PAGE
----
Papayas in Taiwan are sweet, creamy, and do not have any weird stink to them. Mr. ABC Chef used to almost recoil at the sound of papaya, and could now also wax poetic about Taiwan papayas, like I do. If you can’t find papayas in the markets, papaya milk from a shop that uses lots of papayas instead of mostly milk (watch the workers before you buy) is next best.
How to Pick
Again, not really good at picking these, because most of the ones we ate were picked by friends. I think it’s safe to say that as long as the papaya is very soft (like a ripe avocado), it is ready for eating.
How to Eat
Because of the large size of a papaya and the need for a real knife, it’s probably easiest to eat it when you have a knife ready, or just buy it already cut. I think it’s best eaten when sliced up and eaten like a watermelon slice.
Wax Apple / 蓮霧 / lian wu
These do not have a texture like an apple at all! They are definitely more juicy than apples, and are very crispy and refreshing. Unlike with shi jia, I feel you could eat a bunch of lian wu and still have some room for other food.
How to Pick
I’m not too sure, actually..Pick ones that look rosy red, not pale, and maybe ones that do not look cracked on the bottom where the bell flares out. They also sell bigger ones that are more expensive and a shade of deep red (different variety, perhaps)? but I prefer the more normal sized ones, as I think they have better taste.
How to Eat
Wash and eat! Some people avoid the hairy part on the flared-out part (kind of similar to the hairy part on the bottom of an apple), but on the go (or on the train), I just eat it, too.
My first memories and experiences of making mochi were in my junior year of college, with my best friend Jeska. You see, Jeska has an unfortunately long list of foods that upset her stomach, including an essential ingredient of most Western desserts: eggs. This meant that most of the baked goods that I made were, well, anti-Jeska food..
Fortunately, she brought with her to our new apartment a handwritten recipe for making mochi from scratch, given to her by her mom (Thanks, Auntie!) Shortly after, we commenced on a mochi-making experiment. About an hour later, we were covered with cornstarch, ouch-ing from the hot mochi mixture, but very happy with the results. We now had chewy, Jeska-friendly dessert that we made all by ourselves.
Maybe it was the fear of the thought of wrestling that hot dough, or the influence of my husband’s aversion to having food-coated fingers….But sadly, I only made mochi a few times on my own after that, despite my love for all things chewy and QQ.
While perusing Taiwanese cooking shows on YouTube, I found a recipe for hakka-style mochi. We tend to think of mochi as having a filling (red bean paste comes to mind first), but this hakka style mochi is made by showering the mochi bits with coating; usually peanut or black sesame.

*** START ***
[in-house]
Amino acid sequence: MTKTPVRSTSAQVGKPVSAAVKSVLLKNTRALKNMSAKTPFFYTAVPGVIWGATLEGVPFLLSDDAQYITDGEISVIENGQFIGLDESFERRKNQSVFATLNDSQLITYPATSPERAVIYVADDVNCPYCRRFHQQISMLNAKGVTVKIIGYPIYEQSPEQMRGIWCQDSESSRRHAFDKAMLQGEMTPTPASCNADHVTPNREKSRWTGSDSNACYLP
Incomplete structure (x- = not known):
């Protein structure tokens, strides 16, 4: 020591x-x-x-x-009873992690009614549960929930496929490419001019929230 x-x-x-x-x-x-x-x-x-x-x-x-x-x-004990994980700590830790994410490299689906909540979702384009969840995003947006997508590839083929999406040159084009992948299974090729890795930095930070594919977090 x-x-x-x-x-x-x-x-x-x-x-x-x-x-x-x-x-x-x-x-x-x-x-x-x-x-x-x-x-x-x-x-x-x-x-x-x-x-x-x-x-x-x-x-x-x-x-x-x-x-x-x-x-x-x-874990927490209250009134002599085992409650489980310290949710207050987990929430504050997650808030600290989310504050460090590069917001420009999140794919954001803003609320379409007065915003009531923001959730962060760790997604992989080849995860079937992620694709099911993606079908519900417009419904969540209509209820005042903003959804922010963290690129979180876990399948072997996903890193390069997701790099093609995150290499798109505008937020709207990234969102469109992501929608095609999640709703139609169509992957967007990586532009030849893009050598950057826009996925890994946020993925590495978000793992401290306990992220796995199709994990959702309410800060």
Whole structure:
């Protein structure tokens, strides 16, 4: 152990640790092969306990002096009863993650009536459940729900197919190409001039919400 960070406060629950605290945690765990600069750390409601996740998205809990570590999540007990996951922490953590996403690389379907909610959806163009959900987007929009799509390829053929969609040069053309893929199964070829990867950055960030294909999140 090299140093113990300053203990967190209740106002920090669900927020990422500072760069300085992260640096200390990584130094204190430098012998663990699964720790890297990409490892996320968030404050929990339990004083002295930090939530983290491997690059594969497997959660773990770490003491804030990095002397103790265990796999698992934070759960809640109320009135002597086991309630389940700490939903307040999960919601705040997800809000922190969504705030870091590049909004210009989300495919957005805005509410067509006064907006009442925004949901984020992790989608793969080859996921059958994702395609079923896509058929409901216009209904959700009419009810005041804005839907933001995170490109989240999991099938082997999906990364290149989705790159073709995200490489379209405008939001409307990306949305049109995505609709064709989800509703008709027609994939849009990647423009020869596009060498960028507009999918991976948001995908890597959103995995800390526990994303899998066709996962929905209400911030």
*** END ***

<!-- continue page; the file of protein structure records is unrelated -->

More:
This may not have the red bean paste filling, but the peanut and black sesame are no-fuss and simple to prepare. A pair of chopsticks is highly recommended for this recipe, as it helps shape the mochi and keep your hands dough-free.
Sometime before Thanksgiving, I was trying to decide between pecan pie and pumpkin pie..a very serious problem =O. So, I played the husband card and had Tim decide. Though he picked pumpkin pie, I also wanted to do something with the big bag of pecans from Costco. HMM…I remember seeing this recipe in my recipe binder of sweets, so I pulled it out. I’m glad I made it, because they are SO goood! If you need more reasons to make these, I’ll list 7:
1) No corn syrup. (I am not a fan of its gloopiness)
2) 7 ingredients only, including salt o.O
3) Super easy to make. Really. easy. No need to even buy leavening agents.
4) Has whole wheat flour, so you can say these are whole grain
5) Passed the co-worker test (Tim’s coworkers) with flying colors!
6) Have a great shelf life and stay chewy for a long time (if they stick around that long)
7) Are sturdy, packable and would be great for care packages for friends
It’s everything you want in a pecan bar- chewy, crunchy, nutty, sweet, and just a little salty. Best of all, I actually think that using whole wheat flour enhances the nuttiness, as it seems to be a perfect match for all that sugar and nuts.
I loooove baked jam. I love it in oatmeal bars and in cookies, because some of the water evaporates when it gets baked, leaving a chewy consistency that is quite nice.
Baked jam is even yummier when it’s on a cookie…Mr. ABC Chef said, “What if instead of peanut butter and chocolate, you did PB&J? And really, that stands for peanut butter and jam, because jam >>> jelly. Here is the result of his idea. Oh yea, if you detest peanut butter (I actually know someone who does!!), you can be peanut-butter-free and still have your chewy jam, if you use this recipe instead.
You know how Starbucks and other coffee shops sell these by the piece, sold for something like $2 a pop? That’s outrageous! You probably have all the ingredients at home, so you should definitely try your hand at making these..
Why are these biscotti shown in a catering dome…? I made them for a wedding. Read about it here and here!